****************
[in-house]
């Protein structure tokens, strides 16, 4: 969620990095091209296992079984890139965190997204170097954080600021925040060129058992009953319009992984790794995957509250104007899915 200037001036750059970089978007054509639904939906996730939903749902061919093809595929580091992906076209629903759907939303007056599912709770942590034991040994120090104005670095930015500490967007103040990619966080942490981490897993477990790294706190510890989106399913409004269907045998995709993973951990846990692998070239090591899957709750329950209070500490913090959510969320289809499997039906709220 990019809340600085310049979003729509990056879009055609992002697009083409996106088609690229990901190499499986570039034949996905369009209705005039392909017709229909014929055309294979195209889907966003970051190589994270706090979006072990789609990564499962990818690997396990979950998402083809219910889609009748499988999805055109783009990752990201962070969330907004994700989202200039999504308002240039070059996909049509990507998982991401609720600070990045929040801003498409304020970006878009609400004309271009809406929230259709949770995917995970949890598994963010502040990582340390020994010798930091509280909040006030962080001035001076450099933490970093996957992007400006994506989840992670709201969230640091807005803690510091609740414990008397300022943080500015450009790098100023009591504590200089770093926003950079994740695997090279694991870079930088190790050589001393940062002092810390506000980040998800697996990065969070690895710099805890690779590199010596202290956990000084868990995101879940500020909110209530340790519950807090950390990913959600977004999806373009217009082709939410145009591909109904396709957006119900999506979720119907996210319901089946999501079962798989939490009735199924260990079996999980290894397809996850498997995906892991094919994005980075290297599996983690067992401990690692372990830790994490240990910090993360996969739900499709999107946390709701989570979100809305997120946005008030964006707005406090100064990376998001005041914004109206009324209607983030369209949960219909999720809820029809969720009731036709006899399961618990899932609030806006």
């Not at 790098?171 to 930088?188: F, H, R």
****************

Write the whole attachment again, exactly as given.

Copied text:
[in-house]
């Protein structure tokens, strides 16, 4: 969620990095091209296992079984890139965190997204170097954080600021925040060129058992009953319009992984790794995957509250104007899915 200037001036750059970089978007054509639904939906996730939903749902061919093809595929580091992906076209629903759907939303007056599912709770942590034991040994120090104005670095930015500490967007103040990619966080942490981490897993477990790294706190510890989106399913409004269907045998995709993973951990846990692998070239090591899957709750329950209070500490913090959510969320289809499997039906709220 990019809340600085310049979003729509990056879009055609992002697009083409996106088609690229990901190499499986570039034949996905369009209705005039392909017709229909014929055309294979195209889907966003970051190589994270706090979006072990789609990564499962990818690997396990979950998402083809219910889609009748499988999805055109783009990752990201962070969330907004994700989202200039999504308002240039070059996909049509990507998982991401609720600070990045929040801003498409304020970006878009609400004309271009809406929230259709949770995917995970949890598994963010502040990582340390020994010798930091509280909040006030962080001035001076450099933490970093996957992007400006994506989840992670709201969230640091807005803690510091609740414990008397300022943080500015450009790098100023009591504590200089770093926003950079994740695997090279694991870079930088190790050589001393940062002092810390506000980040998800697996990065969070690895710099805890690779590199010596202290956990000084868990995101879940500020909110209530340790519950807090950390990913959600977004999806373009217009082709939410145009591909109904396709957006119900999506979720119907996210319901089946999501079962798989939490009735199924260990079996999980290894397809996850498997995906892991094919994005980075290297599996983690067992401990690692372990830790994490240990910090993360996969739900499709999107946390709701989570979100809305997120946005008030964006707005406090100064990376998001005041914004109206009324209607983030369209949960219909999720809820029809969720009731036709006899399961618990899932609030806006």
């Not at 790098?171 to 930088?188: F, H, R």